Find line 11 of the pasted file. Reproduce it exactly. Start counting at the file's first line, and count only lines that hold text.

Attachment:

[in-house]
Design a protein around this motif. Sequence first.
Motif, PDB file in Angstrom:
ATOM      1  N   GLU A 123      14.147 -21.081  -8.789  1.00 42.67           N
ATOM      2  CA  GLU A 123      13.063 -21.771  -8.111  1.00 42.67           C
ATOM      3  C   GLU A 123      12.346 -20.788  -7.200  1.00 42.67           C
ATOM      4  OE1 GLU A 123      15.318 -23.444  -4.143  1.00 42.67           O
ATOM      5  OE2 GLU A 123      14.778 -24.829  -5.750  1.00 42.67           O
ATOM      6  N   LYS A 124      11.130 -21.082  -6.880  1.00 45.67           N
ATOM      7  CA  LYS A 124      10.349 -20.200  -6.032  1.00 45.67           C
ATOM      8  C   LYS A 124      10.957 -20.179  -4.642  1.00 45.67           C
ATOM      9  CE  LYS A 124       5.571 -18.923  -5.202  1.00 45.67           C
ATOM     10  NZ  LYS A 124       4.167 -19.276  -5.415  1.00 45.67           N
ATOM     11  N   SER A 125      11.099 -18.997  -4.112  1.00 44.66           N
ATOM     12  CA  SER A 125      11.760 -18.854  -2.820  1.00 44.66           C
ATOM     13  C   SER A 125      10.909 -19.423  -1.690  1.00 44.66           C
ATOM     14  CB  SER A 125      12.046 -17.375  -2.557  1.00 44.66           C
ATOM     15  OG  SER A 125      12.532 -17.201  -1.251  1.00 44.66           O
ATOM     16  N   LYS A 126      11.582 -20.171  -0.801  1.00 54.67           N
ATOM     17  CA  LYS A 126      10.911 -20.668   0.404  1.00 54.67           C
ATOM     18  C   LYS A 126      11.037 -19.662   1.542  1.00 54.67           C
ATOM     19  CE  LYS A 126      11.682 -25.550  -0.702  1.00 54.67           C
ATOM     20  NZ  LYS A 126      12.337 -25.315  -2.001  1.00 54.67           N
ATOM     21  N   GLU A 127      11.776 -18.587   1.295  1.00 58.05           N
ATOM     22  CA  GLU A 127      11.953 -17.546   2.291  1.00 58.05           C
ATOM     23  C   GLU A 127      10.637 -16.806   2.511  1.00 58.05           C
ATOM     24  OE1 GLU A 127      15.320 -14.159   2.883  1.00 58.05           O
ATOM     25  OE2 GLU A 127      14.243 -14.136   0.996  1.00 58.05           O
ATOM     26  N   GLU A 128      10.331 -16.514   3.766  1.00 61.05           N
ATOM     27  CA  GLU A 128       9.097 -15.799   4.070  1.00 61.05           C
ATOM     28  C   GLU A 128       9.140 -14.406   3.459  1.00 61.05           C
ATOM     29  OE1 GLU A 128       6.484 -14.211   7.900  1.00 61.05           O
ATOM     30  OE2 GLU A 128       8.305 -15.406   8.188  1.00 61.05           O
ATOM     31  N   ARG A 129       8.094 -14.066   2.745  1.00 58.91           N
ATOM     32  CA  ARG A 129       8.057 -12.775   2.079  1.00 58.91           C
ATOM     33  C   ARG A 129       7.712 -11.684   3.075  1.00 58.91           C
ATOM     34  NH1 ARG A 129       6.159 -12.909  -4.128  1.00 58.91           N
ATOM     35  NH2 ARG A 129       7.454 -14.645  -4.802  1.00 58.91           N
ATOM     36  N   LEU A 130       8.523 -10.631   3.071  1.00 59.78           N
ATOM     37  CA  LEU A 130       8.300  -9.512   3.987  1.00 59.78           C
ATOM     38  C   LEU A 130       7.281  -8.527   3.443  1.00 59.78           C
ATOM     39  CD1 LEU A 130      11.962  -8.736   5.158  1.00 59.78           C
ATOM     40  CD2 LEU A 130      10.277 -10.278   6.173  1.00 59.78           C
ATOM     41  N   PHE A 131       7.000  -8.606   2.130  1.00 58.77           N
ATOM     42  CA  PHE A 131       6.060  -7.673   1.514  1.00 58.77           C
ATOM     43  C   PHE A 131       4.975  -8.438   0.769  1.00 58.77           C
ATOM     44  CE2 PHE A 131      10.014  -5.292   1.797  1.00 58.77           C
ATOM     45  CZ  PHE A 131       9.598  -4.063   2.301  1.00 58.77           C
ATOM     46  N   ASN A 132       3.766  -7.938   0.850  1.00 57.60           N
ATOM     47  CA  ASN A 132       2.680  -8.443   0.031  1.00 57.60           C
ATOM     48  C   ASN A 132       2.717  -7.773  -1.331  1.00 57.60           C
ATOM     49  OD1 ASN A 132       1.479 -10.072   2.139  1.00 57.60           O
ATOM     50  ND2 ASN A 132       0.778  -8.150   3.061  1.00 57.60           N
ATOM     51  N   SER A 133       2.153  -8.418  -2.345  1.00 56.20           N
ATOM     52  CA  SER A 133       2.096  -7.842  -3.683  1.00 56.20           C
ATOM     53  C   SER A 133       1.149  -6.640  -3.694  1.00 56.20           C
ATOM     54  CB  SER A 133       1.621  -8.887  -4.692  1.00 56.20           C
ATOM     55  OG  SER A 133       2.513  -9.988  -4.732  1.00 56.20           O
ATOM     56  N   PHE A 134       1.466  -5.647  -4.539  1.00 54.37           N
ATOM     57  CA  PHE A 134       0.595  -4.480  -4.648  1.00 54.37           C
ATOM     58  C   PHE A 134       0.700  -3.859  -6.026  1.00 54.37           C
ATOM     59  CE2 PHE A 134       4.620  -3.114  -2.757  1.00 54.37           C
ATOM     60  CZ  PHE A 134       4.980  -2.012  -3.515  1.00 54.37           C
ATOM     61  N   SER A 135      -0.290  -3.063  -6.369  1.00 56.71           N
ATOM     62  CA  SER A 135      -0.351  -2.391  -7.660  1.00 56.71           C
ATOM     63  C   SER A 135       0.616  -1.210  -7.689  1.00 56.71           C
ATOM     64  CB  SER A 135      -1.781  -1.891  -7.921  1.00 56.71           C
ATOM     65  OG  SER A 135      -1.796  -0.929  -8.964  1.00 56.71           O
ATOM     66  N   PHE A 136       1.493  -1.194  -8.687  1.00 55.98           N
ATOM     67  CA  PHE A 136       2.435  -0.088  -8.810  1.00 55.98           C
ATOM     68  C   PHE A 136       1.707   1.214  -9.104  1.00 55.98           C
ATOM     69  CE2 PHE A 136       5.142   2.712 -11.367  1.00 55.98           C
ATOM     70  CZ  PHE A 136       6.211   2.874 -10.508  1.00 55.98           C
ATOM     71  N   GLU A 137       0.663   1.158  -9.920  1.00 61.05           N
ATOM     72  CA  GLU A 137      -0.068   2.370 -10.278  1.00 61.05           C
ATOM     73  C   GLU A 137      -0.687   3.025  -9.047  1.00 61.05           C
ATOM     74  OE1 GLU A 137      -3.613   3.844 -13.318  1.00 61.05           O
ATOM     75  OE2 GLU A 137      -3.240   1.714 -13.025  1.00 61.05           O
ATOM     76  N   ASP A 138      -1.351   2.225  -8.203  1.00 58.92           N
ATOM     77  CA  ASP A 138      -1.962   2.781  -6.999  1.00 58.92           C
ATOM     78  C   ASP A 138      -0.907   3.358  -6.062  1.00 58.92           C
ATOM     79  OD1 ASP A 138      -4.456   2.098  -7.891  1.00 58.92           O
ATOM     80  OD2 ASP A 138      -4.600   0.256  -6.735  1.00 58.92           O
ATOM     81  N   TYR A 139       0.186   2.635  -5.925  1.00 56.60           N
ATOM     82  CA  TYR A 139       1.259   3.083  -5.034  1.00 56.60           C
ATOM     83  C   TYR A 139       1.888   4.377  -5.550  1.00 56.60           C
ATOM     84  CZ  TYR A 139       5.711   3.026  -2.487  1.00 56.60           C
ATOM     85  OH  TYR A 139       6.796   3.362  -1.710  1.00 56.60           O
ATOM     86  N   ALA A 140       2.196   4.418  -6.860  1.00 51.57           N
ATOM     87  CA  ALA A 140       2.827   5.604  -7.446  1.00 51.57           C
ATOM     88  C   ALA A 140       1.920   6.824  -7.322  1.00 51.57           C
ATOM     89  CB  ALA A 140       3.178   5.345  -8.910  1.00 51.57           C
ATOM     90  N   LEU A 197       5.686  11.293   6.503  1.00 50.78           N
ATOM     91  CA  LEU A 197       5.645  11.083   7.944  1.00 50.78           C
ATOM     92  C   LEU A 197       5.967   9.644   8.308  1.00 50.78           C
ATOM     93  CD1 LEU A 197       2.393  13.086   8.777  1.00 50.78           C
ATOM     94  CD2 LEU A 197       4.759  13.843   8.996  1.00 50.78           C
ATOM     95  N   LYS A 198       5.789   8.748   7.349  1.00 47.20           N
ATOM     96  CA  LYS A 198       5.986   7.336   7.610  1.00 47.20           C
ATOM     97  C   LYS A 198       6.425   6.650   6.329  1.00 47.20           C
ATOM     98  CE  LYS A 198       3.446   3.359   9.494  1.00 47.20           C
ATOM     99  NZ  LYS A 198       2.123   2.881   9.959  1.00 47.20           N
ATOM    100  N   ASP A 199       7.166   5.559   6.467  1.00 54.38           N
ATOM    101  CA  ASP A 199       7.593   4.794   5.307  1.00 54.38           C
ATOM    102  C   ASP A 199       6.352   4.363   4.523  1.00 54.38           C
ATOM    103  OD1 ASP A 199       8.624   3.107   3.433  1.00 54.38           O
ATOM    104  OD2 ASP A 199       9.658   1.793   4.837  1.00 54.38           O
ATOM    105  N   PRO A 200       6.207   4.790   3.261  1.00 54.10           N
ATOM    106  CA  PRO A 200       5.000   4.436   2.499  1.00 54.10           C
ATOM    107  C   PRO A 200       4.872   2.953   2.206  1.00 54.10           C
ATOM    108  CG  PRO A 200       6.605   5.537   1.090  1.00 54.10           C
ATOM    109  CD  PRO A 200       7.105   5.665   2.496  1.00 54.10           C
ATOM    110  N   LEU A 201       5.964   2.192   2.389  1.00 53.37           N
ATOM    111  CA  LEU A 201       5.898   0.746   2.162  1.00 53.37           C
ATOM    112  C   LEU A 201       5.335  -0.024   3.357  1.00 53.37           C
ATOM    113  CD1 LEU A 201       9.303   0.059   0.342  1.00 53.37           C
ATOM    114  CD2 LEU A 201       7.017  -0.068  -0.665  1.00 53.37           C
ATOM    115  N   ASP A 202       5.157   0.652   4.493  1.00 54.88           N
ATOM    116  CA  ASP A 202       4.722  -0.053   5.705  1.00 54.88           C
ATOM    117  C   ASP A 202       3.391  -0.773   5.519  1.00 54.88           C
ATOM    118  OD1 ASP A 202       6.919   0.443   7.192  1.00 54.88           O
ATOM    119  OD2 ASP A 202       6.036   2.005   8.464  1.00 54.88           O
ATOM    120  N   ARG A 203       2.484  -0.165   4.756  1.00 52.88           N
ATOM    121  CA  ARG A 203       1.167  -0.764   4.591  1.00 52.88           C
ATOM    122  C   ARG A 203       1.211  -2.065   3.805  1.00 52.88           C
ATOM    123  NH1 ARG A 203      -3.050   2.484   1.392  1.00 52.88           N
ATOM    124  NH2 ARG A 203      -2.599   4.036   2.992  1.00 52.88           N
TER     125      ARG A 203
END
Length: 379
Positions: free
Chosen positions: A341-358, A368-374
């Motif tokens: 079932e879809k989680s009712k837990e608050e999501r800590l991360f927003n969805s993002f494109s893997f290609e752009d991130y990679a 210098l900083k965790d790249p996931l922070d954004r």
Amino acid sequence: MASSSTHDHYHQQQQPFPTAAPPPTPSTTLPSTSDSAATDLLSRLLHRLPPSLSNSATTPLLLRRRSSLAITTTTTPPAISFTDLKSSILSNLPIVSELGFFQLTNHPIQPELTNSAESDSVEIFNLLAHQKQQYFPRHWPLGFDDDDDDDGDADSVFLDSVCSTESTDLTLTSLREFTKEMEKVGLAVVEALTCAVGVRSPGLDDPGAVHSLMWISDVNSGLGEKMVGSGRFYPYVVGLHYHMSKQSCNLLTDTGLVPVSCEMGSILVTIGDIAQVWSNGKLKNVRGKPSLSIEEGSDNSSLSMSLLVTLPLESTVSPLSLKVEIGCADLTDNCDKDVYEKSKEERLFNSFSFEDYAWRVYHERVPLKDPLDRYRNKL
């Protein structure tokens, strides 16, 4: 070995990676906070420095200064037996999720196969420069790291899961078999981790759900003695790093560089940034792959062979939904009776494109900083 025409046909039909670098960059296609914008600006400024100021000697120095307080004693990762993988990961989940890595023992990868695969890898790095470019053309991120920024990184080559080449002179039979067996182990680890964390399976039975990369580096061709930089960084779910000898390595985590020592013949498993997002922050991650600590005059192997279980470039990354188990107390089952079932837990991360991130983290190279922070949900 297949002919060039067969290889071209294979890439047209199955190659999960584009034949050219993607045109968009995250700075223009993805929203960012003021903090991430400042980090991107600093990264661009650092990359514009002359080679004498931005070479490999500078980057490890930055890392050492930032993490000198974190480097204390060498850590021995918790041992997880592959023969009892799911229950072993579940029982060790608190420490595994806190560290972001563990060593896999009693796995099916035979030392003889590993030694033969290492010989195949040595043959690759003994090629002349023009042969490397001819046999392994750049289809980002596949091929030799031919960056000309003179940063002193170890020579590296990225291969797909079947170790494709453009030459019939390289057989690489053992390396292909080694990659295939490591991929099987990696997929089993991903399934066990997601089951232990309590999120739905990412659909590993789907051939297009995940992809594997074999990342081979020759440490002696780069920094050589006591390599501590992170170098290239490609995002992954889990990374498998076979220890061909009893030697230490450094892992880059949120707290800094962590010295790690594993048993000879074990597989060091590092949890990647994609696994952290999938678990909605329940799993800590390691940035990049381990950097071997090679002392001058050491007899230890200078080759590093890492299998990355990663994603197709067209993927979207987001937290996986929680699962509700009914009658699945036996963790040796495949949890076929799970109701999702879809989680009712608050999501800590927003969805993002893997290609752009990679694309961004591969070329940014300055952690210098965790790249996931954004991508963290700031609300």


ATOM      8  C   LYS A 124      10.957 -20.179  -4.642  1.00 45.67           C